Syllabus

This is a digital document. This is a living document. Expect it to evolve.

Class meets on Wednesdays from 6:30 – 8:30 at the GC in room 3207

ITPCP Skills sessions will be on Wednesdays from 4:15-6-15 and potentially on Thursdays and Fridays. We have included key sessions run by other CUNY entities, which likely meet at other times. Due to CUNY bureaucratic processes, these sessions will be scheduled during the second week of the semester. We will add these to the syllabus at that time. The current session plan will be as follows (as per above, this will evolve):

Fundamental Skills (February):

  • Art+Feminism: Feb 17/23 Wikipedia – Likely will take place at Metro
  • Code Academy or One Month: HTML and CSS basics.
  • Responsive mobile CSS frameworks basics
  • Intro to Javascript & JQuery
  • So you want to make a mobile app?
  • Digital Fellows: WordPress 1 & 2
  • Library: Statistics software – R or SPSS or SAS

PLATFORMS (March/April):

  • Baruch: ArcGIS – Full day workshop on Feb 27, Mar 27, Apr 24 ($30)
  • Data Visualization (Ngram, Google Public Data Explorer and Gephi)
  • Digital Fellows:  GitHub
  • Digital Fellows:  Command Line
  • Omeka
  • Ebook publishing

Intermediate Skills (April/May):

  • PHP basics  OR Ruby on Rails (TBD)
  • Intermediate Python
  • xml/json/databases/structured data
  • What is an API?
  • Photoshop
  • Scalar
  • Teaching with Wikipedia

All students should register for accounts on the following sites: CUNY Academic Commons, Twitter, and Zotero. Remember that when you register for social networking accounts, you do not have to use your full name or even your real name. One benefit of writing publicly under your real name is that you can begin to establish a public academic identity and to network with others in your field. However, keep in mind that search engines have extended the life of online work; if you are not sure that you want your work for this course to be part of your permanently searchable identity trail on the web, you should strongly consider creating an alias. Whether you engage social media under your real name or whether you construct a new online identity, please consider the ways in which social media can affect your career in both positive and negative ways.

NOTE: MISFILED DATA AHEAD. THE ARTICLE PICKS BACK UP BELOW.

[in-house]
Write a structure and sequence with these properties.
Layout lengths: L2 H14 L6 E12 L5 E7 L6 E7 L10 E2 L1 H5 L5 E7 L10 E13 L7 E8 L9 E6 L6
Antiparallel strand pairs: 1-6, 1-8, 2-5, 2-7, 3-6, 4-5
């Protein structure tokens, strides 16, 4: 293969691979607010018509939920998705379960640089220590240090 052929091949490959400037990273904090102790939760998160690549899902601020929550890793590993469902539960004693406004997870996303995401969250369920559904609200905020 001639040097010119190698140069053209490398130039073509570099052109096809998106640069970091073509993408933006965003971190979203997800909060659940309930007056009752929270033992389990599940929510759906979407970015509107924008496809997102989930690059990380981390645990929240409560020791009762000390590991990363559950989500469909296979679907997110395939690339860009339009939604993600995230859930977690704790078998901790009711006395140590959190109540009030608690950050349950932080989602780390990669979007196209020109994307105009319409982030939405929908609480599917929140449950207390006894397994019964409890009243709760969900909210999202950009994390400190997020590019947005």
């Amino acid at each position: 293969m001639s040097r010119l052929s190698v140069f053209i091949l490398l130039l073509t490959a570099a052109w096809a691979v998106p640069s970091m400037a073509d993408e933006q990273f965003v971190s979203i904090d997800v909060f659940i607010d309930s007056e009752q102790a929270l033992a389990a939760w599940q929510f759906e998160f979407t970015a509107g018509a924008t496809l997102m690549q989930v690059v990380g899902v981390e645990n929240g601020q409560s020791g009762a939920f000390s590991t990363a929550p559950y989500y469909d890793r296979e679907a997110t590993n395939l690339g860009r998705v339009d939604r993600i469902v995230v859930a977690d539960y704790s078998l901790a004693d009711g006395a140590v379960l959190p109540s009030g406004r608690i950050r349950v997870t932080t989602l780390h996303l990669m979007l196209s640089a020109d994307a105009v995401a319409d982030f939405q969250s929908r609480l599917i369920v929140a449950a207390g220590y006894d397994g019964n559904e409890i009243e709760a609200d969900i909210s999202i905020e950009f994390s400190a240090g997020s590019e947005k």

Non-digital texts for the course:

Go to see Citizenfour.

Week 1: Jan 28 – Introduction to the course, faculty, students

  • Intro/bios: faculty and students
  • Review of syllabus/requirements
  • Week-by-week breakdown
  • Wikipedia assignment
  • Proposal Abstracts
  • Final Project
  • Blog posting
  • Weekly commenting
  • Signing up as class motivators
  • Discussing use of online tools (Academic Commons)
  • Public, private, anonymous
  • Digital teaching and learning
  • New Media methods
  • Collaboration
  • Want vs Need
  • Scope Creep and Minimally Viable Product
  • Incorporating Failure into your process (Try again. Fail again. Fail Better.)
  • Learning how to learn
  • Skills Workshops, and the need to go (to avoid the bad kind of failure)
  • Wikipedia intro (user accounts, edit tab, basic BB Code)

Assigned: Introductory project ideas in blog post

Week 2: Feb 4 – Contexts and Practicalities

In this class we will explore ways of thinking through and analyzing a project before it begins and look into issues that can arise depending on the way in which the project realized.

Context Thinking about the What, Where, When, Why and How before you begin a project.The four little B’s (build, buy, borrow, beg). Which one is the right fit for your software project? When starting any software project this often the first consideration. Do you build it your self, buy it off the shelf, use free and open source software (borrow) or use some of the free web services out there (beg)?

Reading: Chris Stein, Contexts and Practicalities